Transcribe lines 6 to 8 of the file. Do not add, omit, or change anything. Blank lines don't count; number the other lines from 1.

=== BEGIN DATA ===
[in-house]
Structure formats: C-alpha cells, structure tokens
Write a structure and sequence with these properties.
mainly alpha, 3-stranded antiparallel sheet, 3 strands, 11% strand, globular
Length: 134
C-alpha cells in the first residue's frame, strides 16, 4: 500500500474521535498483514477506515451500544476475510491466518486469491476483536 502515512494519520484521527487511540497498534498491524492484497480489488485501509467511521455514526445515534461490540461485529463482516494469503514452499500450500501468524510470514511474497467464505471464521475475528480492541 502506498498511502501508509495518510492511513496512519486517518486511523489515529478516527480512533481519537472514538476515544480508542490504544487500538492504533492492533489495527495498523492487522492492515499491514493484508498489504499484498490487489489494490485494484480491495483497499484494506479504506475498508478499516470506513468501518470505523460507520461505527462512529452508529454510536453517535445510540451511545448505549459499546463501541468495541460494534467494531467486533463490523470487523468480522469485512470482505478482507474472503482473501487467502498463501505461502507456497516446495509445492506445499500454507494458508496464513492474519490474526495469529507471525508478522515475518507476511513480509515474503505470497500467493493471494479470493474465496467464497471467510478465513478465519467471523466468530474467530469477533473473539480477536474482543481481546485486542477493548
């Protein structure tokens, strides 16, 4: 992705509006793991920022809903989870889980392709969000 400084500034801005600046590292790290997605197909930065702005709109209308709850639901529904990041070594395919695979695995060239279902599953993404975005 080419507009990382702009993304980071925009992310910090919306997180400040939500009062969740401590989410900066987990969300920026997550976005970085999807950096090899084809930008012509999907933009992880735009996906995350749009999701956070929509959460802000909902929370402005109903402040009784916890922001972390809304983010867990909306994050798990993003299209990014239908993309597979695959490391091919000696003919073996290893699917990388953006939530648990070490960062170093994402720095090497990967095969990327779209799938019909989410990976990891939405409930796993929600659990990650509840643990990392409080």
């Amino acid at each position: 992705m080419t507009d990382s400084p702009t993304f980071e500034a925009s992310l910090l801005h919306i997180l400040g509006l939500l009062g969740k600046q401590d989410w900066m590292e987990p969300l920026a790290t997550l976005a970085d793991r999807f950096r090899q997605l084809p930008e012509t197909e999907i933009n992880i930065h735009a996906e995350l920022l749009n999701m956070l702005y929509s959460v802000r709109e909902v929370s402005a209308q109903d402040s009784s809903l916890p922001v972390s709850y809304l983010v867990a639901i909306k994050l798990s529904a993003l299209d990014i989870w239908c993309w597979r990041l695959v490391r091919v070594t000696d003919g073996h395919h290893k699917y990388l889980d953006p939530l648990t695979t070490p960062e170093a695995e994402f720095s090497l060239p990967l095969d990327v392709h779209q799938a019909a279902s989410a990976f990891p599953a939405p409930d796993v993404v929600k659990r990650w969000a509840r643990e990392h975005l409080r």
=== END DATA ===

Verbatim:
C-alpha cells in the first residue's frame, strides 16, 4: 500500500474521535498483514477506515451500544476475510491466518486469491476483536 502515512494519520484521527487511540497498534498491524492484497480489488485501509467511521455514526445515534461490540461485529463482516494469503514452499500450500501468524510470514511474497467464505471464521475475528480492541 502506498498511502501508509495518510492511513496512519486517518486511523489515529478516527480512533481519537472514538476515544480508542490504544487500538492504533492492533489495527495498523492487522492492515499491514493484508498489504499484498490487489489494490485494484480491495483497499484494506479504506475498508478499516470506513468501518470505523460507520461505527462512529452508529454510536453517535445510540451511545448505549459499546463501541468495541460494534467494531467486533463490523470487523468480522469485512470482505478482507474472503482473501487467502498463501505461502507456497516446495509445492506445499500454507494458508496464513492474519490474526495469529507471525508478522515475518507476511513480509515474503505470497500467493493471494479470493474465496467464497471467510478465513478465519467471523466468530474467530469477533473473539480477536474482543481481546485486542477493548
């Protein structure tokens, strides 16, 4: 992705509006793991920022809903989870889980392709969000 400084500034801005600046590292790290997605197909930065702005709109209308709850639901529904990041070594395919695979695995060239279902599953993404975005 080419507009990382702009993304980071925009992310910090919306997180400040939500009062969740401590989410900066987990969300920026997550976005970085999807950096090899084809930008012509999907933009992880735009996906995350749009999701956070929509959460802000909902929370402005109903402040009784916890922001972390809304983010867990909306994050798990993003299209990014239908993309597979695959490391091919000696003919073996290893699917990388953006939530648990070490960062170093994402720095090497990967095969990327779209799938019909989410990976990891939405409930796993929600659990990650509840643990990392409080």
């Amino acid at each position: 992705m080419t507009d990382s400084p702009t993304f980071e500034a925009s992310l910090l801005h919306i997180l400040g509006l939500l009062g969740k600046q401590d989410w900066m590292e987990p969300l920026a790290t997550l976005a970085d793991r999807f950096r090899q997605l084809p930008e012509t197909e999907i933009n992880i930065h735009a996906e995350l920022l749009n999701m956070l702005y929509s959460v802000r709109e909902v929370s402005a209308q109903d402040s009784s809903l916890p922001v972390s709850y809304l983010v867990a639901i909306k994050l798990s529904a993003l299209d990014i989870w239908c993309w597979r990041l695959v490391r091919v070594t000696d003919g073996h395919h290893k699917y990388l889980d953006p939530l648990t695979t070490p960062e170093a695995e994402f720095s090497l060239p990967l095969d990327v392709h779209q799938a019909a279902s989410a990976f990891p599953a939405p409930d796993v993404v929600k659990r990650w969000a509840r643990e990392h975005l409080r």